Suggestions To Reduce Holiday Stress Named

The hustle and bustle of the holidays does not just affect parents, but children are affected as well. Routines are often thrown to the wayside and extra demands are placed on time in the race to accomplish the many tasks required to make the holidays happen. These are hectic days for sure and can easily lead to stress overload for kids and parents alike.

Why are the holidays so stressful? Well, because they present a change in daily routine and expectation that is very different from other times during the year. Even though parents may not realize it, kids are sensitive to change and whether that change is positive or negative, it still creates stress.

Stress is contagious. Kids notice when parents are not themselves and it causes uneasiness and worries. So, mitigating your own stress during the holidays will help kids to not only stay mentally healthy, but physical healthy too.

The brain-body connection is intertwined and when the brain is affected by stress and worries the body will show signs of misalignment as well. When kids do not get the proper sleep or nutrition, it affects their emotional well-being. Kids can develop stomach aches, headaches, and even experience a racing heart from being over stressed. The holidays are prime time for kids to eat unhealthy and stay up way too late. Once in a while is not such a bad thing, but keeping to normal routines and limiting holiday treats is best.

But, how is it possible to meet all the demands of the holidays and keep your mind off holiday worries? Being proactive is one of the best ways to alleviate stress before it happens. Discuss changes the holidays bring about and create a plan with kids ahead of time. It is empowering for kids to be active participants in creating a plan when it comes to stress and anxiety, not just during the holidays but anytime. Put up a family calendar for the month and discuss with them what to expect. Being organized really pays off during the holidays not just in accomplishing tasks but also in relieving anxiety. Once the plan is in place, practice it! This way when changes happen, kids know more what to expect and have a well-rehearsed tool kit to choose from.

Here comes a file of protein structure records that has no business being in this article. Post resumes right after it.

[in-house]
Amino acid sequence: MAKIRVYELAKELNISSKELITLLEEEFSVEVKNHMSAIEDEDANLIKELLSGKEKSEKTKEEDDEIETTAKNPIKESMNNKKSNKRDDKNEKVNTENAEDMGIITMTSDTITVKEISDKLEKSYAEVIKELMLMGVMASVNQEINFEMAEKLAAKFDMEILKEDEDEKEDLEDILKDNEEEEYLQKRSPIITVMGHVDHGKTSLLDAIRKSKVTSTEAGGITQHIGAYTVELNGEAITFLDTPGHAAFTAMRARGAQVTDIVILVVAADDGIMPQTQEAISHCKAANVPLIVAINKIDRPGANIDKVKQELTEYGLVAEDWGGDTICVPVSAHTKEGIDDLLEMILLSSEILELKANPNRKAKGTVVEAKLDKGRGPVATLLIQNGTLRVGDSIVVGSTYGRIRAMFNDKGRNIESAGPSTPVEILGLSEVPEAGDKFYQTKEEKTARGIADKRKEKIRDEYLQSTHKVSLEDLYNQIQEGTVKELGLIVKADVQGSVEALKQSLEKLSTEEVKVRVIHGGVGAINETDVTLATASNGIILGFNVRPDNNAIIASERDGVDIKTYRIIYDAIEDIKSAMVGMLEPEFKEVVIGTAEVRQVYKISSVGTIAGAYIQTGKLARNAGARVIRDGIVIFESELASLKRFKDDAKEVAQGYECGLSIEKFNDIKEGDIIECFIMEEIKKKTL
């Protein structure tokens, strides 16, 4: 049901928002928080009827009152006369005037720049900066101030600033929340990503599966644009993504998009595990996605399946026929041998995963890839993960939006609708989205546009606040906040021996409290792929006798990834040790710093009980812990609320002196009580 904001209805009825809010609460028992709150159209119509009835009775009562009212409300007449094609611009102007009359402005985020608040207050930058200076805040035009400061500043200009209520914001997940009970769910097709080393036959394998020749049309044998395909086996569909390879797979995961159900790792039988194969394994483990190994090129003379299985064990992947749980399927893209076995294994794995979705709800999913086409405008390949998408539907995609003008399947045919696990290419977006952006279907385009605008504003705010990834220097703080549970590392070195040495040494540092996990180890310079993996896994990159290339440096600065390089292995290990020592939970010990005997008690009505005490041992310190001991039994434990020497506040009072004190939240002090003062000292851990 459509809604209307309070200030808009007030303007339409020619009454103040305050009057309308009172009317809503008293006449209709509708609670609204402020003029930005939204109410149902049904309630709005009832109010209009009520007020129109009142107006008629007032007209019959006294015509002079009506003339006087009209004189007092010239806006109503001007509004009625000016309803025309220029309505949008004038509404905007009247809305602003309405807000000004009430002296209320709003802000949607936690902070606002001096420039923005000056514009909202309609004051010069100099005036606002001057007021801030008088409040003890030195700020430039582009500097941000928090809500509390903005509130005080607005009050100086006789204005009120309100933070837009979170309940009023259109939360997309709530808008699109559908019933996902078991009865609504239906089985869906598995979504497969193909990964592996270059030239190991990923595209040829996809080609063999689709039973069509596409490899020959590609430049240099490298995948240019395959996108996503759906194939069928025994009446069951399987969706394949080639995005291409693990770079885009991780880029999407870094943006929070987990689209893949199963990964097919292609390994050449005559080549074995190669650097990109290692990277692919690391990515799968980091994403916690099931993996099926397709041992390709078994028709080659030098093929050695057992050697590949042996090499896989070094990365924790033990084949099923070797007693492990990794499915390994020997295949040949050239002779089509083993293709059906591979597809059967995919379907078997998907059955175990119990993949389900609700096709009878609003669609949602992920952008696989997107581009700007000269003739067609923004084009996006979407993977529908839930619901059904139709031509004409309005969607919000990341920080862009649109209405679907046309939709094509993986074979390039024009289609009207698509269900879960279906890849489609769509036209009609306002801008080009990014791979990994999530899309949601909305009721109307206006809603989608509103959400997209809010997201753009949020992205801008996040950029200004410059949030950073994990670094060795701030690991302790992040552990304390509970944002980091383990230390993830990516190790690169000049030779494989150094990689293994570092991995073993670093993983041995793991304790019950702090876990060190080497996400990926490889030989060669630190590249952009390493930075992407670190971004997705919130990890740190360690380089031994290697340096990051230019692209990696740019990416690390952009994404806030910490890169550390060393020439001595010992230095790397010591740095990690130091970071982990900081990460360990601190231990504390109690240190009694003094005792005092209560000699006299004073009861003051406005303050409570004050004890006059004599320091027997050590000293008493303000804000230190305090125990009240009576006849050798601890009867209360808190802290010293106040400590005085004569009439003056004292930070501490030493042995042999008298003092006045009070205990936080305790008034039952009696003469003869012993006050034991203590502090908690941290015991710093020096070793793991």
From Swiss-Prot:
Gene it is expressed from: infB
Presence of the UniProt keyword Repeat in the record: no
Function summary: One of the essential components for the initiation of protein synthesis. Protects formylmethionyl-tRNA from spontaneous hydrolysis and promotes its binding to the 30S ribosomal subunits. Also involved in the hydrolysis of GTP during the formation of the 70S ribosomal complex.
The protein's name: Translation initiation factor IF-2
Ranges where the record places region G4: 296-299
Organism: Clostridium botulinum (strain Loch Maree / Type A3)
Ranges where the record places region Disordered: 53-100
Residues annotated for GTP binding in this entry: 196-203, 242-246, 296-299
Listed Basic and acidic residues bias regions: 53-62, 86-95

By maintaining a positive outlook during the holidays, being prepared, and taking time to relax, you can glide through the holidays and have fun as well1

Below are seven suggestions to give kids the tools needed to enjoy the holidays.

1. Try to keep routines as close to normal as possible. Kids that are well rested and have regular mealtimes help them-and you-to better enjoy the holidays.

2. Consider volunteering and giving to others during the holidays. Create special holiday giving traditions by volunteering at the local soup kitchen or putting together a care box for veterans. This will teach kindness and give perspective to the holidays.

3. Build family holiday rituals. Baking cookies and making homemade gifts, joining a holiday caroling group, or reading special holiday books helps kids and parents bond as well as keep busy. It provides meaning to the holiday and gives them something to look forward to year after year.

4. Keep your own stress level at bay. Modeling how to handle stress to your kids is one of the best ways for them to learn how to handle it themselves. Kids are sharp, they can sense your stress so be self-aware and get enough rest and take some time for YOU! Ask relatives to help out with holiday meals and consider limiting gift giving.

5. Kids need to be active. Not just at holiday time, but all the time! Limiting screen time is always a good measure and holidays are no exception. It can be tempting to let kids spend more time than usual on devices but stress needs a physical outlet. That can look like running, jumping, sledding, skating, or long walks in nature. Physical activity helps to relieve the buildup of tension.

6. Spend time together as a family. The holidays usually offer special opportunities to explore and learn. Have fun going to museum exhibits, holiday concerts or plays, or playing board games.

7. Practice being mindful. There is lots of talk out there about mindfulness and it is especially important in times of high stress.

Try to slow down the pace and practice being in the moment with kids. Acknowledge feelings during experiences and discuss feelings and thoughts without judgement. Practice some deep belly breathing with kids to help keep them and you focused on in the moment.

If you or your children are having struggling this holiday managing the holiday stress and emotions, please give Family Service of the Chautauqua Region a call at 488-1971.

We have licensed therapists available to help and assist you with these things.

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